An essay is a relatively short piece of writing dealing with any one sample discursive essay. Sometimes it is personal, about a significant event, for example.
Or you can be arguing about two contrasting viewpoints. Lamb rambles, where you should be focused. Lamb’s introductions do not summarise his essays, yours should. Well, I do not think you should be boring! It tells the reader what to expect, and what to look for. The body or content of the essay will contain the points you want to make, with supporting arguments and evidence. It must show the reader that you know your subject.
You do this by explaining the subject to the reader. I look here at some of the other forms of writing that students are asked for, and how they relate to essays. Students studying some subjects may never be asked to write an essay. Parts of essays, like the summary, may also be forms of writing in their own right. Students may be asked to carry out empirical research, or conduct a project like designing something. Summaries, Abstracts and Reviews are interrelated forms of writing. The word is used for summaries that appear at the beginning of academic papers, journal articles or books, and for similar summaries in collections of Abstracts.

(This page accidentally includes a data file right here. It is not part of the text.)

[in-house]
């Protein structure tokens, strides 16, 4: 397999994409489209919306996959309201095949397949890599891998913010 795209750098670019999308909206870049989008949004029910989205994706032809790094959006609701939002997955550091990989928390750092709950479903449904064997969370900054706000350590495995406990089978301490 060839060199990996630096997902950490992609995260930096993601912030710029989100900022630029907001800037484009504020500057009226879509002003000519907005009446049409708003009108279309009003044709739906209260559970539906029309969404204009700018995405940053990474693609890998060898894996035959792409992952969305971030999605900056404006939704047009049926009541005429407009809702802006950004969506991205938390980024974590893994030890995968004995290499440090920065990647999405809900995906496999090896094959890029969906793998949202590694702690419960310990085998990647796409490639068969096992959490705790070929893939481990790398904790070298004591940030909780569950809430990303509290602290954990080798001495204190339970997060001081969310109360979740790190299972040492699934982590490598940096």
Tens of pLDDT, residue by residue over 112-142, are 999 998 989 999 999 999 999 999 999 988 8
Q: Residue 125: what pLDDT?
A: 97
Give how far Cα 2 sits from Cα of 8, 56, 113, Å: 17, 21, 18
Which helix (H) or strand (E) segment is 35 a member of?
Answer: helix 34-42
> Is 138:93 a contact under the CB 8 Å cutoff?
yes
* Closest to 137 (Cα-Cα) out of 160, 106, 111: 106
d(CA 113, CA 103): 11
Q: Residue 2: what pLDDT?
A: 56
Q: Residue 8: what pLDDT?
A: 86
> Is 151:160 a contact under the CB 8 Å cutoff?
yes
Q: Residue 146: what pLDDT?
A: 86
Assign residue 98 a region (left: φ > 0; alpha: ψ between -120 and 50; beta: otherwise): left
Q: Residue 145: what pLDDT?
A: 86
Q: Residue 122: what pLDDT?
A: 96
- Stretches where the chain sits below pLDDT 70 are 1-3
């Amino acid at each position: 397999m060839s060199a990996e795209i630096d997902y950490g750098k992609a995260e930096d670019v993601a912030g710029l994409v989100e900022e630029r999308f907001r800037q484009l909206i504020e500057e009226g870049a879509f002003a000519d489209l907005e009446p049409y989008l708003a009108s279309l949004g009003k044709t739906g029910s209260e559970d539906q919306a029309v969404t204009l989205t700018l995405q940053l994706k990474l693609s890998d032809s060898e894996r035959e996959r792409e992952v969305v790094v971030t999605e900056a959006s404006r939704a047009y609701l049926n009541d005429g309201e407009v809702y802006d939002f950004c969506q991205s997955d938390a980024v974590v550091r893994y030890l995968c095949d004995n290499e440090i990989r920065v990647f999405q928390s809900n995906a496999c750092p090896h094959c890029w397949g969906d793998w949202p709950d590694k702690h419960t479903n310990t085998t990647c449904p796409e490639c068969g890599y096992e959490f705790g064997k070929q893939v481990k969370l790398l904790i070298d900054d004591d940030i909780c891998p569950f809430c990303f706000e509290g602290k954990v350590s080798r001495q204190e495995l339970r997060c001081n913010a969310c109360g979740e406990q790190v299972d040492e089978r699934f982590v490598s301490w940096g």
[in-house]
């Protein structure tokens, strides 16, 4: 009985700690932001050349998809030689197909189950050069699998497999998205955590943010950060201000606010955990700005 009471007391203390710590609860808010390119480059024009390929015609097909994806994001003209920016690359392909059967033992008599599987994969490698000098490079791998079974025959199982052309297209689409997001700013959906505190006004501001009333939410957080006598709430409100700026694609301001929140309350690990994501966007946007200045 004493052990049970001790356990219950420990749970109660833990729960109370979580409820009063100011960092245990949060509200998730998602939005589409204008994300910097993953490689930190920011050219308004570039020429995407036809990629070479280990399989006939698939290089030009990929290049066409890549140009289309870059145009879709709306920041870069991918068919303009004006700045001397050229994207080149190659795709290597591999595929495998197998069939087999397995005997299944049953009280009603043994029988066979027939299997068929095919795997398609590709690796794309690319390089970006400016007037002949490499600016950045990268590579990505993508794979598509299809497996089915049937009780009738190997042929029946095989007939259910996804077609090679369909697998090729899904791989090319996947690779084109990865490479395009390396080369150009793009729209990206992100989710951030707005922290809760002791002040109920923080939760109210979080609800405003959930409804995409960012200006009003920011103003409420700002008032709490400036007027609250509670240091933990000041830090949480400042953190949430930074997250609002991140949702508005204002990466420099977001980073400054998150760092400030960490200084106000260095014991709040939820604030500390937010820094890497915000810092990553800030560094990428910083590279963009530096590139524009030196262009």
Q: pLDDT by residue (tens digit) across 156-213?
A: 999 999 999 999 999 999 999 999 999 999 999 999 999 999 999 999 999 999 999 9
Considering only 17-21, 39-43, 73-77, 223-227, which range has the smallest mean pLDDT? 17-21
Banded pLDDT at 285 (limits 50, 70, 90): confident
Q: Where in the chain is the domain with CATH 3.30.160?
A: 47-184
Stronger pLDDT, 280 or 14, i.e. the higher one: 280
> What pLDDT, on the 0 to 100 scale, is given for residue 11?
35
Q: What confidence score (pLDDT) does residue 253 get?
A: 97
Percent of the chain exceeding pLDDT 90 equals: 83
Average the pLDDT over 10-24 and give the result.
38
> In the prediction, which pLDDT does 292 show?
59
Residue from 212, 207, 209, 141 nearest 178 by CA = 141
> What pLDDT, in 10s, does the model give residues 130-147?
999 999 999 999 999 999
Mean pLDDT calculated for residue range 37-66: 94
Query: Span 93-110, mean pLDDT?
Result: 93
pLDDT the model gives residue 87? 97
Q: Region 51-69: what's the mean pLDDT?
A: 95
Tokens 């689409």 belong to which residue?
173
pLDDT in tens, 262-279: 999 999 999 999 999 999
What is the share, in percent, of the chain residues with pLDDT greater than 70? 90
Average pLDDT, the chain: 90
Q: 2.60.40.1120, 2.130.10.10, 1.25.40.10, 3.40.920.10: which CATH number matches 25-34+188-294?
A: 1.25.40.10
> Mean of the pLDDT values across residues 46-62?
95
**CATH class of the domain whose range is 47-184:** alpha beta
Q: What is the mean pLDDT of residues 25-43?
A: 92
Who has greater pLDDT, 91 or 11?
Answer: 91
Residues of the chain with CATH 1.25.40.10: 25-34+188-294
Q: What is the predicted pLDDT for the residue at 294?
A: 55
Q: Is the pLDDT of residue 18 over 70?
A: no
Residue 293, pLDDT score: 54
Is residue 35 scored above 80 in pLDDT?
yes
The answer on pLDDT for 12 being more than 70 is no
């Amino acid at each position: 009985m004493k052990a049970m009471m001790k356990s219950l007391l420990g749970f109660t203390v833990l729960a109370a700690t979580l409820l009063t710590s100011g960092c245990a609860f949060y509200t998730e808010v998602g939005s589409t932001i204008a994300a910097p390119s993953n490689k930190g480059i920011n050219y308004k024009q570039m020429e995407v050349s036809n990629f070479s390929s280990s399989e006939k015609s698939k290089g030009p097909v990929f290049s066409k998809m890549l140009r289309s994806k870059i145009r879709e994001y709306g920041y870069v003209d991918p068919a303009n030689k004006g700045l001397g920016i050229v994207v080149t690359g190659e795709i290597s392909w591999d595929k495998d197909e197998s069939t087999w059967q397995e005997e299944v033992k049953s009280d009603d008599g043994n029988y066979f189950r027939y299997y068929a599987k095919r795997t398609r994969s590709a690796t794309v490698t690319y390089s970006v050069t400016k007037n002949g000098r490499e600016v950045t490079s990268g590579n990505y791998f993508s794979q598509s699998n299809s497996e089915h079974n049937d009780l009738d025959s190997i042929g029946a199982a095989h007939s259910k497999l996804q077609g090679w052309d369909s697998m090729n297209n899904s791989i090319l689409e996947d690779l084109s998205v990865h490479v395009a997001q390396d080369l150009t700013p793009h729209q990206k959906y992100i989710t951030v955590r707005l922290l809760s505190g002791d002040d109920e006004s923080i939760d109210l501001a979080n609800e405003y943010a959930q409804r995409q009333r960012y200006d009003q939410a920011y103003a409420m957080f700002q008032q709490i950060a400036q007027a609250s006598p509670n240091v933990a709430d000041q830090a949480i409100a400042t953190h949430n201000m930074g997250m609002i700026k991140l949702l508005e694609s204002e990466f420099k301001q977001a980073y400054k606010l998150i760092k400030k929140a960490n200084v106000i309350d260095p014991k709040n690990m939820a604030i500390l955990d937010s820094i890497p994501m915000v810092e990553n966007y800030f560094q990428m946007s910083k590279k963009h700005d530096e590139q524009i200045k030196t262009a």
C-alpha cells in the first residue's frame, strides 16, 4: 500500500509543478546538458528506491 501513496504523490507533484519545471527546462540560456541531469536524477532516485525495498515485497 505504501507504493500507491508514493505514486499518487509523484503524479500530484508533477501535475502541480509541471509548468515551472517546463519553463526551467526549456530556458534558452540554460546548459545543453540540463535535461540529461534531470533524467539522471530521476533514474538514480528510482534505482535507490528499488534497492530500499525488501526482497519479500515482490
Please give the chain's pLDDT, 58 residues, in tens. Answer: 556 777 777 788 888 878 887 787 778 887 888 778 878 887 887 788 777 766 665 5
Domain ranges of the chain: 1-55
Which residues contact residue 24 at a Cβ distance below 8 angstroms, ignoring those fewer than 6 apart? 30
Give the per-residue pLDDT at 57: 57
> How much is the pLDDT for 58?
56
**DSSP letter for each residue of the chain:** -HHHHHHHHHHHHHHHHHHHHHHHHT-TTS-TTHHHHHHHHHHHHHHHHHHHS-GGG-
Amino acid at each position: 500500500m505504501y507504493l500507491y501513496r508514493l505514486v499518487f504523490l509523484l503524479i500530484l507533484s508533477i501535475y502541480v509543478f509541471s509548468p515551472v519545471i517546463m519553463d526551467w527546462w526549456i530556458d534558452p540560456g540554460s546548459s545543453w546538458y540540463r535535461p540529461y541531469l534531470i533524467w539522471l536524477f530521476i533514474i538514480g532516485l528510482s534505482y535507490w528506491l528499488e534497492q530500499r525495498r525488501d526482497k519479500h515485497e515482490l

Sometimes students are asked to write summaries of books or articles. You will try to convert a large number of words into very few, so you will look for the main points. You might write a summary after you have written the essay. If you click on the image of Socrates arguing it will take you to Socrates’ dialogue with Meno over the nature of reason in men and women. The word “thesis” is sometimes used as an alternative for argument. For example “My thesis is that the plays are better read than performed.